Cream Icing Vs. Fondant: What's The Difference?

The history of cake decoration isn't actually all that sugary. Rather, it began in a much fruitier fashion. Some of the oldest kinds of cakes were fruitcakes. They date back to the days of ancient Rome and were made of seeds, dried fruits, and barley mash (via What's Cooking America). Confectionary Chalet claims that it wasn't until Elizabeth I's reign in England (1558 to 1603) that people began topping cakes with something other than fruit. Almond paste was used as well as sweetmeats (crystallized fruit). It wasn't until King Charles II took the throne in 1660 that English bakers stepped it up a notch and started using sugar and icing on their cakes, though only for the wealthiest clients.

Today, we have a whole slew of cake toppings to choose from. Vanilla buttercream, meringue, and chocolate ganache are all wonderful and delicious examples of how far we've come in cake decoration over the centuries. There are so many things to choose from in modern-day baking that some of the most basic, but yummy, cake decorating recipes get overlooked — like that of simple cream icing and the flat but classic fondant.

What is cream icing?

Cream icing or frosting is different from buttercream frosting, which uses butter, sugar, and milk to create a thick, perfect-for-spreading cake topping. Cream frosting, however, has a small adjustment to its ingredient list, but it dramatically changes its texture. According to Foodiosity, cream icing tends to only use heavy cream and powdered (confectioners') sugar, making a kind of whipped cream. This whipping cream is significantly lighter than buttercream, which tends to be heavier due to the addition of butter. The light airiness of the cream icing makes it difficult to use as a cake topping and nearly impossible to use as a filling unless another thickening agent is added.

Two Sisters Crafting suggests that if you want something that is lighter than buttercream, you should certainly look to cream frosting, especially if you want your fluffy Orange Chiffon Cake Recipe not to be weighed down. First, add heavy cream or whipping cream into a bowl and mix until peaks form. From there, add powdered sugar and a secret, stabilizing ingredient: pudding mix! You can use white chocolate, vanilla pudding, or cheesecake pudding mix — whatever your heart desires. Whip until incorporated, but do not overmix or you'll end up with some sweet-tasting butter.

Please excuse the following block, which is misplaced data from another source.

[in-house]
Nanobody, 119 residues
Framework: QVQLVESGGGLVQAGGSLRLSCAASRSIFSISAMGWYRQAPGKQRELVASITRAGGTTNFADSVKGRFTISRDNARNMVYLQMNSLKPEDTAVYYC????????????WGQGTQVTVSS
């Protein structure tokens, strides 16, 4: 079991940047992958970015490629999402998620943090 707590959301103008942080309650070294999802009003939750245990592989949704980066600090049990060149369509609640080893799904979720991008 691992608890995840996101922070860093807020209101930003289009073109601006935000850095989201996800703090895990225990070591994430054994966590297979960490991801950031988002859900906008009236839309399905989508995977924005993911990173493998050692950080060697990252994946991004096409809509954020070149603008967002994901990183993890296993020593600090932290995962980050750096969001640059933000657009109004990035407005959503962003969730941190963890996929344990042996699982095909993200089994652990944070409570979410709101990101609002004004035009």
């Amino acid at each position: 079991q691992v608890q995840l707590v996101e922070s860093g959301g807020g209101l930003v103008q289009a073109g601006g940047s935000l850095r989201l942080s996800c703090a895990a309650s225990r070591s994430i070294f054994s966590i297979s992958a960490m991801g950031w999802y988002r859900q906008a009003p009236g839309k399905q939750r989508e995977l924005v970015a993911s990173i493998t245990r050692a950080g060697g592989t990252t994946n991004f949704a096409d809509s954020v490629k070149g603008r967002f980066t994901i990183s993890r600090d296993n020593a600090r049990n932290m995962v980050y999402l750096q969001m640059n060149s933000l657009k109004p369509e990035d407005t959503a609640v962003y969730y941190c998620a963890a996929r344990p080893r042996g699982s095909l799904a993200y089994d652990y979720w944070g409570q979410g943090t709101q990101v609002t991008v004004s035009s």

What is fondant?

Fondant is something you've definitely seen used on cakes before. It is known to give your desserts a nice clean finish and is perfect for making those you see on competitive baking shows (via GoodTo). Fondant is generally a good thing for you to know how to make if you like to bake, and it is wonderfully simple! Bob's Red Mill says that, for a basic rolled fondant recipe, you only need sugar, water, and corn syrup, though you can also make it out of powdered sugar and melted marshmallows, which is a much less common method to use. Rolled fondant will form a dough-like texture, which you then roll out into a sheet and shape over your cake.

For some helpful tips and tricks regarding fondant making, More Than Baking recommends adjusting the flavor. Fondant tends to be a bit bland in comparison to other frostings and icings, so feel free to add in natural or artificial food flavoring to give it an extra delicious kick! Fondant is also a great decorating choice if you're worried about the temperature of your cake since it holds up better than dairy-based toppings; however, if you are rolling out your fondant in a hot room, it may become too soft to work with, so try to keep your workspace cool and dry.

The major differences between cream icing and fondant

These cake toppings, while delicious, are very different from one another. Cream frosting is dairy-based, light, and sensitive to environmental changes, whereas fondant is a little more stable and far less perishable. You really only want to make cream icing right before you're ready to use it, especially if it doesn't have a stabilizing agent added to it. Bare Feet in the Kitchen claims that, if you do need to store it, you should seal cream frosting in an airtight container. Once it's been applied to a cake, you should only plan on it looking good for about two to three days in the refrigerator. After that, it will begin to weep. As for fondant, Sweetness & Bite says that the best way to store leftover or pre-prepared sugar sheets is by keeping them flat, placing them on non-stick baking paper, and sealing them in something airtight with a little cornstarch or icing sugar dusted on top to keep them from sticking to anything. Applying shortening to the fondant will also help to keep it from drying out if you plan on storing it outside of the refrigerator.

Applying cream icing or fondant to your cake will look different too. According to Instructables, you'll want to lift the sheet of fondant gently and drape it over your arm, before then lowering the fondant directly on top of the cake. You'll need to smooth the top and the sides down while trying to avoid wrinkles, air bubbles, or tears. Meanwhile, Bare Feet in the Kitchen says that, because cream icing is so light and amiable, it is best to use an offset spatula to spread the icing on the top and sides of your cake.